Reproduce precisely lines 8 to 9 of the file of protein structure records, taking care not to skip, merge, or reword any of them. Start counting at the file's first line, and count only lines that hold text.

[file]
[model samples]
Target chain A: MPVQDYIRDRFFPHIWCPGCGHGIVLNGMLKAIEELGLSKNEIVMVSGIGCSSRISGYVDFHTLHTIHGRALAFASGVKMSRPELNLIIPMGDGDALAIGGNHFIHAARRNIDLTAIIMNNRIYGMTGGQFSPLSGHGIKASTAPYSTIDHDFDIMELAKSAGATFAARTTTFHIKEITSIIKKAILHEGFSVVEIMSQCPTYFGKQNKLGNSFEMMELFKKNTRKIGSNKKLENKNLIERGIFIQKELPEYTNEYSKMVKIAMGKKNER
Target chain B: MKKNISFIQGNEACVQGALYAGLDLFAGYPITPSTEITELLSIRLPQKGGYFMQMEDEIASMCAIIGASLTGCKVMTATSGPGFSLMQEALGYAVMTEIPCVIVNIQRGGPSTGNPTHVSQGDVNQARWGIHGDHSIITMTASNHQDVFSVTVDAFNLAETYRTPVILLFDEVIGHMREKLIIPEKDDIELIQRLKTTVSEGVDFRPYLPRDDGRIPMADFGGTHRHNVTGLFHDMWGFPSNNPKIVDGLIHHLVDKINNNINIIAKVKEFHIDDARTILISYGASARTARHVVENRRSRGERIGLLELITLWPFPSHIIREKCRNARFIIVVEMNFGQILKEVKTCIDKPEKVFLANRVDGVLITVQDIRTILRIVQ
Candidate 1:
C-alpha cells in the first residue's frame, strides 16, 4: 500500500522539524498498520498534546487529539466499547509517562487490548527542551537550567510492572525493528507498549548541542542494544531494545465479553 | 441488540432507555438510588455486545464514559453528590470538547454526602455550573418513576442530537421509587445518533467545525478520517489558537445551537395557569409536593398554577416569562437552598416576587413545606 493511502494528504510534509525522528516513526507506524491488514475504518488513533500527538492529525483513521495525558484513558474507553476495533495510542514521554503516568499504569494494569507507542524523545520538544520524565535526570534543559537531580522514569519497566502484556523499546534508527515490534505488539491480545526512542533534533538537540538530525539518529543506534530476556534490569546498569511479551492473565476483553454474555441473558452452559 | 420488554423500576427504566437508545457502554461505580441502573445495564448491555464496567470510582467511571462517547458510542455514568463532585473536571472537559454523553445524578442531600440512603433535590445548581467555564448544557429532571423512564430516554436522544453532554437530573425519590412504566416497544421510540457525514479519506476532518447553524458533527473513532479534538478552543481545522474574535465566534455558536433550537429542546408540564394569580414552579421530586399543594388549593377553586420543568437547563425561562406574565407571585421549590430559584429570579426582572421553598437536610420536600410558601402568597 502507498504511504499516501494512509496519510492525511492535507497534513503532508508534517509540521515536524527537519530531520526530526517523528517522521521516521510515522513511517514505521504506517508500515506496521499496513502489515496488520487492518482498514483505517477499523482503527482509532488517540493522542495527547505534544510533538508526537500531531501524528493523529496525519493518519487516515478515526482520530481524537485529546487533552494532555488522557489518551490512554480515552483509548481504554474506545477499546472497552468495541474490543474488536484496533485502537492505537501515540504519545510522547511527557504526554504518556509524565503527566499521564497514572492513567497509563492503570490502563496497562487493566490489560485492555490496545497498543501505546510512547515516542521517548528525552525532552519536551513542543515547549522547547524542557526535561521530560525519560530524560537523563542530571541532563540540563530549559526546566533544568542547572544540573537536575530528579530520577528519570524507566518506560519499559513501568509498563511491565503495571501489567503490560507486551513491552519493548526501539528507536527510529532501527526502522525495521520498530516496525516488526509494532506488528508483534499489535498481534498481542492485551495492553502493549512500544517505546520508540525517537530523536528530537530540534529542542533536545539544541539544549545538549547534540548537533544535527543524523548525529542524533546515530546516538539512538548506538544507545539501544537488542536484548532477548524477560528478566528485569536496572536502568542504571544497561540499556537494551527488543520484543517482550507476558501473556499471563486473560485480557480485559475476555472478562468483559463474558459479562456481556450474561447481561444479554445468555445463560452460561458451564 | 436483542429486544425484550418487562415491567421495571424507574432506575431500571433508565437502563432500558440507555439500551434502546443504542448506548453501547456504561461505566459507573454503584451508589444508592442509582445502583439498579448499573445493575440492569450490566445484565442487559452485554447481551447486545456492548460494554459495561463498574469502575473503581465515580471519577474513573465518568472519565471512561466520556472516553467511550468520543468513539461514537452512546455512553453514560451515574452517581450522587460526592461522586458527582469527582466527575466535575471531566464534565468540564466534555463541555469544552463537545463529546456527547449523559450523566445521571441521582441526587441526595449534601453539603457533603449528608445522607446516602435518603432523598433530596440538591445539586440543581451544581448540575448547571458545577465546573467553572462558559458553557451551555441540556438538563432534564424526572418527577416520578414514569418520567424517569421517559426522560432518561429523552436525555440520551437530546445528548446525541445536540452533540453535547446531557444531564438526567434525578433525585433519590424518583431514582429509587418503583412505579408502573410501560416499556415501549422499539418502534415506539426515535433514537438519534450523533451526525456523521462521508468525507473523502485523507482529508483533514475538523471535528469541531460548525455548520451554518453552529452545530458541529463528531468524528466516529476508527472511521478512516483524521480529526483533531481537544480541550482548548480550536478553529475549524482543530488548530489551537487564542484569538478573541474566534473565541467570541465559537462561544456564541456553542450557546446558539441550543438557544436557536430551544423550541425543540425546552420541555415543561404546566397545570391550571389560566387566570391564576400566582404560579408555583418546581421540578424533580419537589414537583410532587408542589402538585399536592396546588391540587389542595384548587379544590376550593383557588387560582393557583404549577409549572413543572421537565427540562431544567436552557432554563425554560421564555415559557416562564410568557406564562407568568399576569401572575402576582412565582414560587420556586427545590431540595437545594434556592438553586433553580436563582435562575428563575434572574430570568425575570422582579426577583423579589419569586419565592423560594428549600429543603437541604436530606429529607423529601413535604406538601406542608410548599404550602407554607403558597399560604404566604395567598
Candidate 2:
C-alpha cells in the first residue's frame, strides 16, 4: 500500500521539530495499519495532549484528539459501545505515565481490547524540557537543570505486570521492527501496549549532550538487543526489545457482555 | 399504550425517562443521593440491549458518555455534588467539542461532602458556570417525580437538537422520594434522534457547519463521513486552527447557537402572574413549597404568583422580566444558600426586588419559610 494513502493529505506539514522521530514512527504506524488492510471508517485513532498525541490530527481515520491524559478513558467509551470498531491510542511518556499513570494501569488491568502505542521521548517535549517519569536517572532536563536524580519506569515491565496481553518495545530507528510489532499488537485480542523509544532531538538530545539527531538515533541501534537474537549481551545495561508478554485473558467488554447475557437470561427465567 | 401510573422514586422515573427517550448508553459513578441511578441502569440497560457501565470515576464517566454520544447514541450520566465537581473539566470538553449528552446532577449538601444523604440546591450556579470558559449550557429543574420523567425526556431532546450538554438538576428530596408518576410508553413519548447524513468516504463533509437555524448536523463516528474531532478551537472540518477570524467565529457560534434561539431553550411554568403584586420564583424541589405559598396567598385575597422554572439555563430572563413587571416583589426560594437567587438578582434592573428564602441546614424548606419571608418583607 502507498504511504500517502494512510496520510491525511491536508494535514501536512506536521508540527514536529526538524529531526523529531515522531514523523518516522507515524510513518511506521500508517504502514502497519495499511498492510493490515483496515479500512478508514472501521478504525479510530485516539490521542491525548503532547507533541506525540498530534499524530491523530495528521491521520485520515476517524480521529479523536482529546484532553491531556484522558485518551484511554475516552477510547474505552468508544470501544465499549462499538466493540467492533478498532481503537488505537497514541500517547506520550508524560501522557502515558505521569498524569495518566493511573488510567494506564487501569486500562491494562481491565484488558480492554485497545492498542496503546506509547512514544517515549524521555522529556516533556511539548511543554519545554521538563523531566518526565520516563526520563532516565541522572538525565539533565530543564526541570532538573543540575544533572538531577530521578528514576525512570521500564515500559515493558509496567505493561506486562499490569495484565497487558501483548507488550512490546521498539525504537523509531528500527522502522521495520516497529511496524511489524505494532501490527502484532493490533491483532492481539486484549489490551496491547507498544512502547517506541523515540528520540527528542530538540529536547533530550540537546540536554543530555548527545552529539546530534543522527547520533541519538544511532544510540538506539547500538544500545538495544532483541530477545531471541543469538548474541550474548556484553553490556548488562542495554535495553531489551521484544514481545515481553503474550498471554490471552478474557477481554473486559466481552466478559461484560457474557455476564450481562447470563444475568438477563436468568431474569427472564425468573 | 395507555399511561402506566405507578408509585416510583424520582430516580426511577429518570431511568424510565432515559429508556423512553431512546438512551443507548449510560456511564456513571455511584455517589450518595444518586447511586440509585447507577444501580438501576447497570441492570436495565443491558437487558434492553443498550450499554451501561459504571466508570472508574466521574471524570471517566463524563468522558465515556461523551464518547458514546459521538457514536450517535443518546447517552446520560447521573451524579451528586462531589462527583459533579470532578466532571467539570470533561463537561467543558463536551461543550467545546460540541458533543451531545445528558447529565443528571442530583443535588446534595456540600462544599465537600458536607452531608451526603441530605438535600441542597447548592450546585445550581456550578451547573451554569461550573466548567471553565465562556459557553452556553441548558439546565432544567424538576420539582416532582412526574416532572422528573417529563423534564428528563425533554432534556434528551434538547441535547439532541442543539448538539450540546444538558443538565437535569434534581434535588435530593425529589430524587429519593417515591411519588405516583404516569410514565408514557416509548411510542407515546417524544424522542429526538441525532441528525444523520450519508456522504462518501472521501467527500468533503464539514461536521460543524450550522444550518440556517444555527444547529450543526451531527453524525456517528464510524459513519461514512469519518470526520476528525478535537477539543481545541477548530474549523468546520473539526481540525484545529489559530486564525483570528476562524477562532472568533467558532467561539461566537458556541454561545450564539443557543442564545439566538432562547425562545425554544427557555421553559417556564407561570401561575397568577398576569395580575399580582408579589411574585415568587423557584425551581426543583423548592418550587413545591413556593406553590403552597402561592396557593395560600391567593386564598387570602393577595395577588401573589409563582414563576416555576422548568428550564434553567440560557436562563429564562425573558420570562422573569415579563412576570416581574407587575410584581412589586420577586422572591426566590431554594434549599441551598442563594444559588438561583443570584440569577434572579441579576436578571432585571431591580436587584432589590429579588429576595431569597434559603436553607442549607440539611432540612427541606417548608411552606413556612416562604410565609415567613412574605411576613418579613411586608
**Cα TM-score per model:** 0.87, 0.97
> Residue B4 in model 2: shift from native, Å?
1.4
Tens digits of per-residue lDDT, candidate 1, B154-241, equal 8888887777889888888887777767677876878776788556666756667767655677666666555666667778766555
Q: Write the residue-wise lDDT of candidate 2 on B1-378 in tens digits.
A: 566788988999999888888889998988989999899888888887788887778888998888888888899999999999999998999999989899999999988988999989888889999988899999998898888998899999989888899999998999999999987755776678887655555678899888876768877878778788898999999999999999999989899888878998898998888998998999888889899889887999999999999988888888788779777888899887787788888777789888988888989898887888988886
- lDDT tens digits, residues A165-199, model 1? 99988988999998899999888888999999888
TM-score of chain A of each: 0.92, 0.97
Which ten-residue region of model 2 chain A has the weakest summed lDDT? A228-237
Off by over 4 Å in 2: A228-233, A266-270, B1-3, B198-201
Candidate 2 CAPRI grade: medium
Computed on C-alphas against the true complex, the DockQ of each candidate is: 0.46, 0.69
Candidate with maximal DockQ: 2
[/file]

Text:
**Cα TM-score per model:** 0.87, 0.97
> Residue B4 in model 2: shift from native, Å?